Vacation Without the Kids: How to Handle the Guilt

Many mothers want to take a vacation without their kids, but choose not to do so out of guilt. Find out here how to deal with this feeling.
Vacation Without the Kids: How to Handle the Guilt
Sharon Capeluto

Written and verified by the psychologist Sharon Capeluto.

Last update: 27 February, 2024

Would you like to take a vacation without the kids, but guilt tortures you? Do you want to enjoy a getaway as a couple, but you’re worried about what others will think? Are you worried that your children will have a bad time during your absence?

Due to the enormous responsibility and demands of parenting, it’s more than expected that at some point, the desire to take a break from toys, tantrums, and children’s demands will arise. It’s clear that traveling with children has its charm, but doing it without them is also valid.

To manage the feeling of guilt that appears when making the decision to take a vacation without the company of your little ones, it’s important to prioritize planning and make sure that your children’s routine doesn’t suffer abrupt changes. Keep reading and learn more strategies to free yourself of guilt!

Am I a bad mother if I have a good time without my children?

A woman saying goodbye to her partner from the window of a train.

Parenting is perhaps the most difficult job that a person can carry out. Clearly, once we become mothers, priorities change. Our desires and needs take a back seat to the fact that there’s now a little creature depending on us.

However, as our children grow older, they become more independent. Doesn’t that mean they need us less? Gradually regaining the individual and social spaces you used to enjoy is important in order to take care of yourself and your children.

The same is true regarding your relationship with your partner: Generating intimate moments to rediscover one another and recover your sense of complicity is essential. According to clinical psychologist Laura Markham, enjoying leisure time without your children doesn’t make you a bad mother. In fact, it has a positive impact on the family group.

At the same time, an article published by the United Nations Children’s Fund (UNICEF) emphasizes the idea that taking time for oneself and tending to self-care makes us more patient and empathetic with our children.

Strategies to reduce the guilt of going on vacation without the kids

You have the right to take a vacation without the kids and not feel guilty about it. In fact, you deserve it. Consider these tips to help you feel at ease about taking a short trip without your children and, at the same time, help them adjust as well as possible.

1. Plan ahead

It’s important to let the kids know about your vacation a few weeks before it happens. The truth is that there’s no specific time to let them know. That’ll depend on the needs of each member and the family dynamics.

It’s essential not to surprise them. If it’s the first time they’ll spend several days at home without your presence, you must give them time to process the situation and allow them to ask all the questions they want.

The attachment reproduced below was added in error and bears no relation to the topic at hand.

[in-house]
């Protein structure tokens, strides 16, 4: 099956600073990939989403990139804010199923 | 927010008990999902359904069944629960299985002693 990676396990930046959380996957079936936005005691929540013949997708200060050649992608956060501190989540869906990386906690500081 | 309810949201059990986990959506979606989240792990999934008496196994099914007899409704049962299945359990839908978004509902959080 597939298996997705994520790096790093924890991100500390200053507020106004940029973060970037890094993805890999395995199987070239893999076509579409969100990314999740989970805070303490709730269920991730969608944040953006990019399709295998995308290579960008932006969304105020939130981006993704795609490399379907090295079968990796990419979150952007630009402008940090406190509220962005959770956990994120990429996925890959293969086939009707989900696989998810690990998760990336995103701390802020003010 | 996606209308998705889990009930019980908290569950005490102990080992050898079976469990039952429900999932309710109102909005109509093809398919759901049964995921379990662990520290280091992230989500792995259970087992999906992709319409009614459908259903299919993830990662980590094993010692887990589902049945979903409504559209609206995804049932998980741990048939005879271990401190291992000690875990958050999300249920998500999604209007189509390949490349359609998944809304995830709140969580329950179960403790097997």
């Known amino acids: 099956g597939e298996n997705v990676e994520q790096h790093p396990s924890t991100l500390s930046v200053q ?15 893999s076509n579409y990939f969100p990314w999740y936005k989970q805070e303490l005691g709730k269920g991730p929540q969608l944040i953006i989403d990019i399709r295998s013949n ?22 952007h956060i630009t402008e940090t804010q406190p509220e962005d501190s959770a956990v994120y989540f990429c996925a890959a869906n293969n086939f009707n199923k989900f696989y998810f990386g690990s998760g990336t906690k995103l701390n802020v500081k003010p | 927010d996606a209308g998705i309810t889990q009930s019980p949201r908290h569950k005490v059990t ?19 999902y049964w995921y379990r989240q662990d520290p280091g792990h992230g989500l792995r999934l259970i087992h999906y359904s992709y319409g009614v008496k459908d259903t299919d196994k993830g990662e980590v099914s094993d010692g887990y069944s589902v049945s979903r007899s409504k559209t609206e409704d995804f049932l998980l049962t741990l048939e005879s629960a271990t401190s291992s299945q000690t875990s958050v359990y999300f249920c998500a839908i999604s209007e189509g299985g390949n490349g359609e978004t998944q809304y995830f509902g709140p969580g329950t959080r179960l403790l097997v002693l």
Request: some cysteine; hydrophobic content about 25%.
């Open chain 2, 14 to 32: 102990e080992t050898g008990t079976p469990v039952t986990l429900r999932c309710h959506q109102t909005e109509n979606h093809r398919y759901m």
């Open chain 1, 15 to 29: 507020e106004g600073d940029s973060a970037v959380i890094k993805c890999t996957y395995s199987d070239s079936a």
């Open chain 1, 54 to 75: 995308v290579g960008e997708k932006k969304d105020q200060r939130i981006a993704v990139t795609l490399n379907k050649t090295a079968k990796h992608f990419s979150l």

In addition, you must ensure that they’re cared for by a person they absolutely trust. In this regard, last-minute solutions are inadvisable.

Make sure their routine doesn’t suffer significant changes

Maintaining consistent routines helps children feel calm and have a better school performance. Keeping a consistent schedule for waking up, eating, and going to bed is more significant than many parents realize, as research published in the journal Early Childhood Research Quarterly explains.

Changes in their day-to-day lives weaken their sense of security, leading to anxiety and discomfort. Therefore, it’s essential that even if you’re not at home, your children maintain the same structure and don’t suspend their daily activities. Of course, there are modifications that can’t be avoided. The important thing is that these are as unnoticeable as possible.

3. Keep communication open

A mother practicing long-distance parenting.

No one wants to be on their cell phone during their days off. However, if you leave our children at home, it’s not a good idea to cut off communication with them. Because even if they’re with another responsible adult, they may have an emergency or simply need their mom’s voice.

You can suggest talking to them every night, at least for a few minutes, so they can tell you how their day was, and you can share yours with them.

4. Have fun at home

Who says staying home is boring? For them, it’ll also be a break “without parents.” Therefore, children perceive your vacation days as an opportunity to have fun with friends, neighbors, or other family members.

A good alternative is that, before you leave for your trip, you can plan together the outings, games, or activities they’ll do in your absence. You can also leave surprises for them to keep them entertained. For example, you can prepare a treasure hunt or leave gifts hidden in different parts of the home.

To take care of your children, you have to take care of yourself

Being a good mother doesn’t mean giving up your own happiness. On the contrary, in order to exercise motherhood from a respectful and loving place, it’s crucial to feel at peace with yourself and take care of your needs.

Ultimately, the well-being of parents makes their children happy. Therefore, taking a vacation without the kids isn’t a selfish act, but a way to foster autonomy, strengthen family ties, and teach them the importance of self-care. What are you waiting for to plan your next getaway?

All cited sources were thoroughly reviewed by our team to ensure their quality, reliability, currency, and validity. The bibliography of this article was considered reliable and of academic or scientific accuracy.

This text is provided for informational purposes only and does not replace consultation with a professional. If in doubt, consult your specialist.